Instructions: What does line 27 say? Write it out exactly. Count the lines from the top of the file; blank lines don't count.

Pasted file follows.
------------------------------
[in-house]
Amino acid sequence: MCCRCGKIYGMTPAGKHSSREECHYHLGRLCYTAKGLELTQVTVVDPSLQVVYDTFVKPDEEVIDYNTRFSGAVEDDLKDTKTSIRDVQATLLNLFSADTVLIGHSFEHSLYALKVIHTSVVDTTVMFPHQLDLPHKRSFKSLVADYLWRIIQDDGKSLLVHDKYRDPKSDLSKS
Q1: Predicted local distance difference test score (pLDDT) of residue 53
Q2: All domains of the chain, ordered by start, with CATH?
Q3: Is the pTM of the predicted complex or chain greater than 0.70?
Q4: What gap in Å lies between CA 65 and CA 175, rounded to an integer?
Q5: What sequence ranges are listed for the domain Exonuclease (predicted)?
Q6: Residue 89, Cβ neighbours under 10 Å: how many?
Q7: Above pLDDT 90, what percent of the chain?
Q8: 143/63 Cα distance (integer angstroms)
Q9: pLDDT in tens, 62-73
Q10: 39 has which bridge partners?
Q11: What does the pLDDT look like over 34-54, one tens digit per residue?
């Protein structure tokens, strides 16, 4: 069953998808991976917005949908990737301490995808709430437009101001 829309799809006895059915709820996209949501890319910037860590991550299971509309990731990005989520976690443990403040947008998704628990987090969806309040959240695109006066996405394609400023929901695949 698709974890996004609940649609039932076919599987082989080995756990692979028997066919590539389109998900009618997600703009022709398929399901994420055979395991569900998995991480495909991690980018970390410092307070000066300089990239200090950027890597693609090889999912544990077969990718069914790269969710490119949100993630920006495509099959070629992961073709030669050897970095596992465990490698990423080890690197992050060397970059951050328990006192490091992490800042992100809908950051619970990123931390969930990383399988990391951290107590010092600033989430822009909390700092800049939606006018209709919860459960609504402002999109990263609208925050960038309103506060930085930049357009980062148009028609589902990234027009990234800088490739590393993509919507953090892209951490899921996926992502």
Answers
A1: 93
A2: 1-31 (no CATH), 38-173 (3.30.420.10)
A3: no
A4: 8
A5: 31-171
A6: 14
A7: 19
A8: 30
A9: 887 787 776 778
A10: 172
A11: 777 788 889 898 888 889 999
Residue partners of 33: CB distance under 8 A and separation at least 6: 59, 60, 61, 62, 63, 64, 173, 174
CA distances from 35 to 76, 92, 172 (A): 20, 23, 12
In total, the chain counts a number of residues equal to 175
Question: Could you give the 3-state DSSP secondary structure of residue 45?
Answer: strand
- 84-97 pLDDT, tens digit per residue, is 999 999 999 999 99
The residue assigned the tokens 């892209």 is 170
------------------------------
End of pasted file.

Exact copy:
Residue partners of 33: CB distance under 8 A and separation at least 6: 59, 60, 61, 62, 63, 64, 173, 174